Home » Uncategorized » Letter #1: March 21, 1812 to Montgomery Preston

Letter #1: March 21, 1812 to Montgomery Preston

A Dismal little coaching inn, knee-deep in mud and nowhere of note        March 21, 1812

Dear Sir Montgomery,

No, no, that will never do. I am sorry, my friend, baronet or no, I cannot call you anything but Monty.

My deepest condolences on the loss of your father. Though I know you have expected the unhappy event for quite some time, I know it is difficult to step into his place nonetheless. I watched my brother endure that transition and uniquely understand the weights you must feel right now.

In your last letter you asked me to recommend a new solicitor in London since Lyman’s untimely demise. I have several men who you might consider to take his place. I will introduce you when next I am in London. Sadly I cannot say precisely when that will be, as I have been condemned to visit my aunt at Rosings by Prince William himself.

Yes, I can hear you scolding me now for calling him that. But truly, even you must admit, when he slips into his haughty, overbearing Master-of-all-he-surveys manner, there is simply no other way to refer to him. He still refuses to leave Georgiana in my care. I cannot begin to tell you how that infuriates me. But you well know it, so I shall not waffle on about it.

Something more than his usual irritation with me is troubling my brother, though, and I mean to get to the truth of it. To be entirely frank. I am worried about him. He has not been himself since his trip with Bingley, and I cannot make out why. Something happened in Hertfordshire, but what?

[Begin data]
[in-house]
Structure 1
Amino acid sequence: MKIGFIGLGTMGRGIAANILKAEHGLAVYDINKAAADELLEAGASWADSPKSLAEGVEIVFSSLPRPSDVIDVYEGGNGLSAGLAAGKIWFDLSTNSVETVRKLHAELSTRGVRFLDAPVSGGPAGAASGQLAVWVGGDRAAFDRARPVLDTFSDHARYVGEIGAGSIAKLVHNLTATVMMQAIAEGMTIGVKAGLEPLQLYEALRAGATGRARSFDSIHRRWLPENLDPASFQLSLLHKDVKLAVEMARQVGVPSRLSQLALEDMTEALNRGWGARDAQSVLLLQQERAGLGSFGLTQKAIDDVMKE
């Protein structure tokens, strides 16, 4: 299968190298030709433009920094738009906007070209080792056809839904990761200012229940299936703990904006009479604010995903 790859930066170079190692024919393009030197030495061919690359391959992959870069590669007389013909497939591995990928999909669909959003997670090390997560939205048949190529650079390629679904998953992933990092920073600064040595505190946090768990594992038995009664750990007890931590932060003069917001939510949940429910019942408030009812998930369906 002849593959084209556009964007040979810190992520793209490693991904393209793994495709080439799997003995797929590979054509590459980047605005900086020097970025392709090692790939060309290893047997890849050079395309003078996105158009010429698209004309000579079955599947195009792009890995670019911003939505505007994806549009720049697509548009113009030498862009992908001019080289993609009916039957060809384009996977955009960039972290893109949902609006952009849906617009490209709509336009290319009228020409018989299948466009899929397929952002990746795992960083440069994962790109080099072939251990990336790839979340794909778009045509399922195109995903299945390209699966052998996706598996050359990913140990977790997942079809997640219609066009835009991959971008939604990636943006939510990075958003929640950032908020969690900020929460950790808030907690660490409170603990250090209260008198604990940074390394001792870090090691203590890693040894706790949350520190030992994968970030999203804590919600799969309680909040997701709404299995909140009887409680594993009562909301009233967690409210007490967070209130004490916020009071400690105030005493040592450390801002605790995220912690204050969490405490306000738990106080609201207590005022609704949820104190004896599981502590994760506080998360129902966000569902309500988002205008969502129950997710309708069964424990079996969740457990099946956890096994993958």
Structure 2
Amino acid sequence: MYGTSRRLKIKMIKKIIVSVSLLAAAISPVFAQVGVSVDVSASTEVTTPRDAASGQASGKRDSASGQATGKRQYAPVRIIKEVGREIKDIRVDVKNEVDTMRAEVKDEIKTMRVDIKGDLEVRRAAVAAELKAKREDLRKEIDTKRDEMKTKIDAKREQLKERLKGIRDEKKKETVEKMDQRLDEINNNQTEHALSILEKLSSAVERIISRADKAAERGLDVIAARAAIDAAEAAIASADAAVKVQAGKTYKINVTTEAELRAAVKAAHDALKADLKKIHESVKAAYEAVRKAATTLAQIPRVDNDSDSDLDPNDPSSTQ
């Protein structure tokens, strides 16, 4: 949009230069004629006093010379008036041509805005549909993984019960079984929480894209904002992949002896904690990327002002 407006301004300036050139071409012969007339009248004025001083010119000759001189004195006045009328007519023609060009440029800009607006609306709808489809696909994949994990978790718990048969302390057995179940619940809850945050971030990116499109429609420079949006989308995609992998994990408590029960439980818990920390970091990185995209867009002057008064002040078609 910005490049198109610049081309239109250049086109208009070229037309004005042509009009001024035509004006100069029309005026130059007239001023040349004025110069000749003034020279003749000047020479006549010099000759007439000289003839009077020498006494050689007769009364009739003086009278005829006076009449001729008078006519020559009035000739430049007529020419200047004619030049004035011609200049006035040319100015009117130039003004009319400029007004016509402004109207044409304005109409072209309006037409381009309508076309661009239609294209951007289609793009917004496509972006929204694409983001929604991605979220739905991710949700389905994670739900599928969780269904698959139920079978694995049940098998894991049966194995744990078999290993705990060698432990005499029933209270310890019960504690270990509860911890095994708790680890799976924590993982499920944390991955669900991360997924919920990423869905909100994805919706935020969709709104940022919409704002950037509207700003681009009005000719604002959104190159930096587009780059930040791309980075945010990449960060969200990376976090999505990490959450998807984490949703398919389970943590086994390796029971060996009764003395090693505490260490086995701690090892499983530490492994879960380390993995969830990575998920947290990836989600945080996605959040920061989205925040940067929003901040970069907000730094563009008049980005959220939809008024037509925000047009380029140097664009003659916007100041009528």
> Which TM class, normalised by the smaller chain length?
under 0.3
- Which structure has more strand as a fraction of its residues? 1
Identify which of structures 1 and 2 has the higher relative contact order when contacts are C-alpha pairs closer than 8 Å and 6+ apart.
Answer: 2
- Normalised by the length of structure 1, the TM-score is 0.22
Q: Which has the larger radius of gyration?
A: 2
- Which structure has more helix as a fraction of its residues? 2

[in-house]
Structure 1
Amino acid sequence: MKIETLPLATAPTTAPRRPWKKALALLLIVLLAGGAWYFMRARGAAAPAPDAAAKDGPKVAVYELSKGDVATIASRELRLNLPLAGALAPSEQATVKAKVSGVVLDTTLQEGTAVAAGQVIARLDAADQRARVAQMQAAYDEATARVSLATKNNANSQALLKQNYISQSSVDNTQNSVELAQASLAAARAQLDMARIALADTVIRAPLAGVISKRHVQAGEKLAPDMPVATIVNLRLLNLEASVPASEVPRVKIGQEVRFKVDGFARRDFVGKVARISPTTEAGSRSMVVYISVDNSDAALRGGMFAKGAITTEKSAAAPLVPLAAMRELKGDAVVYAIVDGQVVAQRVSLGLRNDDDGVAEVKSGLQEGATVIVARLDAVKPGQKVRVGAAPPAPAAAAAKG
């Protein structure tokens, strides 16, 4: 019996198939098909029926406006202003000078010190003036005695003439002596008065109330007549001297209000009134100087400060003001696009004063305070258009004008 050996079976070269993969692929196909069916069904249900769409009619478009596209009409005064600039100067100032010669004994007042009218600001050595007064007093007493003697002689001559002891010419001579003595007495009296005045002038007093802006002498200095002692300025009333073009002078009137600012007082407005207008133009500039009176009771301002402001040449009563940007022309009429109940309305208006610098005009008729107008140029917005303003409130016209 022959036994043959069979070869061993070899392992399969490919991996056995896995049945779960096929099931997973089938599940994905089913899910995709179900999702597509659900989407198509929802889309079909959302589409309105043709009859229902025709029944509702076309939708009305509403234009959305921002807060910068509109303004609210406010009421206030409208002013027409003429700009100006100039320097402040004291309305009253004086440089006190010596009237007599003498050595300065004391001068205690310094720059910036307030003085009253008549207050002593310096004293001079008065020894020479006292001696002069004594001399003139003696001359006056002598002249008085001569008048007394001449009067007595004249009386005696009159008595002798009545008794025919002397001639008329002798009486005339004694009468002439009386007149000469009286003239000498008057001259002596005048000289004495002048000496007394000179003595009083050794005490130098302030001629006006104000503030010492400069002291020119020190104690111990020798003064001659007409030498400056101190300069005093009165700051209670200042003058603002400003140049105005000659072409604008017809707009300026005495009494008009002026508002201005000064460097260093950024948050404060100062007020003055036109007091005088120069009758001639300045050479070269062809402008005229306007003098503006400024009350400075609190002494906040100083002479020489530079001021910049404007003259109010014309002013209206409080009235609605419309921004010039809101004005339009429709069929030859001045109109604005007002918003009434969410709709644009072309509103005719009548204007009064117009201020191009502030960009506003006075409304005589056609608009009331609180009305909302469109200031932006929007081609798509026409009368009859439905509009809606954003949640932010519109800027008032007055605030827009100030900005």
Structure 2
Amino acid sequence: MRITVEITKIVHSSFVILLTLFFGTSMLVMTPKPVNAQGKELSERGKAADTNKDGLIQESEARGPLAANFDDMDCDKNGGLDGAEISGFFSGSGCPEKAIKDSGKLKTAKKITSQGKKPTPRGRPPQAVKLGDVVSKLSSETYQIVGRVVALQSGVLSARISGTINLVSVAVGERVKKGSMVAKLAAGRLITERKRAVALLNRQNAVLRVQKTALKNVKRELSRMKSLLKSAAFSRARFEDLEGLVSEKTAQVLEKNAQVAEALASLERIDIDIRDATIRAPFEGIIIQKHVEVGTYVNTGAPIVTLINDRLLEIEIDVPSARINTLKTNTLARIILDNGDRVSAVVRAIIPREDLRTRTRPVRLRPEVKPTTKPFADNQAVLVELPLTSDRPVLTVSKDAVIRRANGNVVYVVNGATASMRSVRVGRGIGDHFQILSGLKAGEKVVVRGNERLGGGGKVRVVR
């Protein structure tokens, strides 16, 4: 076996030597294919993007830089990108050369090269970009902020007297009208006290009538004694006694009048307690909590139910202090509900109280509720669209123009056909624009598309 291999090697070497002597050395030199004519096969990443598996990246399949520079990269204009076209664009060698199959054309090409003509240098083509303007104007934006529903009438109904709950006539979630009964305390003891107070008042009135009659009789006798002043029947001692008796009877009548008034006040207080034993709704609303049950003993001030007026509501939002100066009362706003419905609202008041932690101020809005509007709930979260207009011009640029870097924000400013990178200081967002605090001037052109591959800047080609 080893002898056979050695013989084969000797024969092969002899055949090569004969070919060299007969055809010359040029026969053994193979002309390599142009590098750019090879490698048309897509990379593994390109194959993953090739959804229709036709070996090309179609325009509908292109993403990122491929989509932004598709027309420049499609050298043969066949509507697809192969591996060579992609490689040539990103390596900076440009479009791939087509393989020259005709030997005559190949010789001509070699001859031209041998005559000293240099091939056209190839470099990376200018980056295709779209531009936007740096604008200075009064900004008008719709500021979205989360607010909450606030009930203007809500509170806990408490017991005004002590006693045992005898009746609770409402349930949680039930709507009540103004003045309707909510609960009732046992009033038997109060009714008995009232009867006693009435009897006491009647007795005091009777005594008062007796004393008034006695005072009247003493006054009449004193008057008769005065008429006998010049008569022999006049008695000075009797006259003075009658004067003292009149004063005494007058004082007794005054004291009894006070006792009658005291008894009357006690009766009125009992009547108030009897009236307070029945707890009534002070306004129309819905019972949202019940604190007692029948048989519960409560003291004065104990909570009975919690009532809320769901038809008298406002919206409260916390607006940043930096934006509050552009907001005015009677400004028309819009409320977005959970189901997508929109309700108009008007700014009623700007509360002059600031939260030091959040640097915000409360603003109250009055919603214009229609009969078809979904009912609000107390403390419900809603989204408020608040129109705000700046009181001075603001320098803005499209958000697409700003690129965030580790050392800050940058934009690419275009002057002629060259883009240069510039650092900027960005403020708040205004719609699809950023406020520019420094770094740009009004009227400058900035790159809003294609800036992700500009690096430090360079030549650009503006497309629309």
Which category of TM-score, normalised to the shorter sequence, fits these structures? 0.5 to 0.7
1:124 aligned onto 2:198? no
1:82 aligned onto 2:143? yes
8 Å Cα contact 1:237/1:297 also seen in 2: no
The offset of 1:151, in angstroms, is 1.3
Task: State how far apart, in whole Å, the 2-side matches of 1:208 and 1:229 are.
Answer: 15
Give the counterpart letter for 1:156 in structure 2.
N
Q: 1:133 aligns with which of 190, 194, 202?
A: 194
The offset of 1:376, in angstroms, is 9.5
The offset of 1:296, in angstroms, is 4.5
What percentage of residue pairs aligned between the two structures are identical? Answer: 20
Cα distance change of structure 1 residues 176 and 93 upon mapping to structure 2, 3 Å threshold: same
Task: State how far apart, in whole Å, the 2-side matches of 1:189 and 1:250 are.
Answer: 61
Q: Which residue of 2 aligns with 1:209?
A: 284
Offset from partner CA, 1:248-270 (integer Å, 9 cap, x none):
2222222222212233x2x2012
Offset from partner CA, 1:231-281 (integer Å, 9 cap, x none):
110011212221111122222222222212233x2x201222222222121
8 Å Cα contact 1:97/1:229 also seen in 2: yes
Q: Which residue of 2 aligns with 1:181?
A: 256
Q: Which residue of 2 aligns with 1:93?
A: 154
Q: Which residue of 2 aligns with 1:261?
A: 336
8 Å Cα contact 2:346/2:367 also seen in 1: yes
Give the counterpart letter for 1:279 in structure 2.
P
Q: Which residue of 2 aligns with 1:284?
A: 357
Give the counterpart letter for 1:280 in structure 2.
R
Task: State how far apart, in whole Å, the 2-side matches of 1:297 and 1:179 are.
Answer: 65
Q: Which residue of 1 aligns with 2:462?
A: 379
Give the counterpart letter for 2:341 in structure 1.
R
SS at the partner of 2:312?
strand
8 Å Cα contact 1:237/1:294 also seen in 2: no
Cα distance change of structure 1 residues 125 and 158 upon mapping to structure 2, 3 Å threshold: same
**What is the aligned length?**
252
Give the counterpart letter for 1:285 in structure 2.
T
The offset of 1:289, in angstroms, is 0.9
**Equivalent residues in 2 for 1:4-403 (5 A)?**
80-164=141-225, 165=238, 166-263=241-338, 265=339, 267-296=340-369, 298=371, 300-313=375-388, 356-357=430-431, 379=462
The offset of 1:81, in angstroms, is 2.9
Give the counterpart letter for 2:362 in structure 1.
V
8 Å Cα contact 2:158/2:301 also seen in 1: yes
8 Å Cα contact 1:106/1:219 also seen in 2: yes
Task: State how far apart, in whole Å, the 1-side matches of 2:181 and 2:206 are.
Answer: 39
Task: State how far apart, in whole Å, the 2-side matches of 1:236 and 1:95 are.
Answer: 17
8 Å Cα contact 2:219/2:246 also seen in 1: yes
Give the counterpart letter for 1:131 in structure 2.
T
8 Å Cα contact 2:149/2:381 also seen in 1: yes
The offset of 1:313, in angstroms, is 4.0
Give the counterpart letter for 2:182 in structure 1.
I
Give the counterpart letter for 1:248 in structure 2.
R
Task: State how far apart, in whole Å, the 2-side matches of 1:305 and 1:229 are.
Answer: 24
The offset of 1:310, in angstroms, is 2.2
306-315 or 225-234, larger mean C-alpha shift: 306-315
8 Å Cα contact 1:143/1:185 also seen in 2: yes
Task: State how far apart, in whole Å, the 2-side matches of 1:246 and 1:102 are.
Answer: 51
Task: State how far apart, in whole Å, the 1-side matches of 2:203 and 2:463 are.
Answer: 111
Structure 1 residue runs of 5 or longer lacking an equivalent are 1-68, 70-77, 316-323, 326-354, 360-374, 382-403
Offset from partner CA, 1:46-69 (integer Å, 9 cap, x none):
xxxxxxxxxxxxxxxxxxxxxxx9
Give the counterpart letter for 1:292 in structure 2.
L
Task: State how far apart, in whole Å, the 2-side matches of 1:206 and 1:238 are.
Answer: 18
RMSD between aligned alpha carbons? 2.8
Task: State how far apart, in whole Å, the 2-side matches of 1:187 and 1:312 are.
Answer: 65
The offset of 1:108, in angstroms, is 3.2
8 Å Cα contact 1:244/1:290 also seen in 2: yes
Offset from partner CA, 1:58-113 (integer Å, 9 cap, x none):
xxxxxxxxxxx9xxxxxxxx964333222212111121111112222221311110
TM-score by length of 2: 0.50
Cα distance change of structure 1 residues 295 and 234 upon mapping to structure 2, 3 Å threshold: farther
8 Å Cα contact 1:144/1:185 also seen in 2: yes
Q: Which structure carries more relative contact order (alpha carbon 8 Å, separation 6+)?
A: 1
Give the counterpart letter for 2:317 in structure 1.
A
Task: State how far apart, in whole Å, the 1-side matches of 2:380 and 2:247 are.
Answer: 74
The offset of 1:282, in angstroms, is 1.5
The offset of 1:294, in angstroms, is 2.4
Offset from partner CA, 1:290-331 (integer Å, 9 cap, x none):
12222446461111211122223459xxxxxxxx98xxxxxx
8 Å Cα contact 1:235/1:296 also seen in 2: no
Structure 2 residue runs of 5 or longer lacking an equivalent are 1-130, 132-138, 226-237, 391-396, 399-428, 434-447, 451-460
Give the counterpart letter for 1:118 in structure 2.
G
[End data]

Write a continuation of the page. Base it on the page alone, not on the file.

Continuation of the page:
He does not gamble on anything—cards, horses or sport of any kind. He hardly drinks and would never meddle with anyone’s daughters. I can only imagine some business dealing went sour. If that is the case though, why the secrecy? If you hear anything in town, you will let me know of course.

I have not forgotten about your dream of a matched team for your four-in-hand. I continue to look for such beasts as I am dragged through the countryside by His Highness. Are you really certain you still wish to incur such an expense? I know horses are your single indulgence, but still, you may wish to review your situation again before taking on such an expense.



Read Chapter 1 of the Darcy Brother Here


9 thoughts on “Letter #1: March 21, 1812 to Montgomery Preston

  1. Indeed it is difficult as his normal countenance is so dour. But there is something in his air, his manner of walking, his choice of words, and the way he stops mid-stride and mutters something under his breath then turns around and walks the other direction all the while glowering at any who cross his path. The latter in particular has left me most suspicious.



  2. Might I suggest, Sir, that you write to your sister? I am certain that he would have been in correspondence with her during his stay with his friend in Hertfordshire.

  3. I would also recommend that course of action, sir. He corresponds with your sister regularly. He would undoubtedly have revealed something about his state of mind to her.

  4. I will of course write to her, but have little hope of getting any real information from her. I cannot see Prince William being more likely to share his concerns with a young girl than he would be to share them with me. But perhaps there are small details she may have been privy to that might assist me to reconstruct his story.


  5. Pingback: The Darcy Brothers -A New Reader’s Choice Story on Austen Authors | Susan Mason-Milks

  6. Sir, I greatly appreciate your kind words of prudence to Monty about procuring more horses at this time. Very wise, indeed.

  7. Pingback: Coming Soon 'The Darcy Brothers' - Random Bits of Fascination

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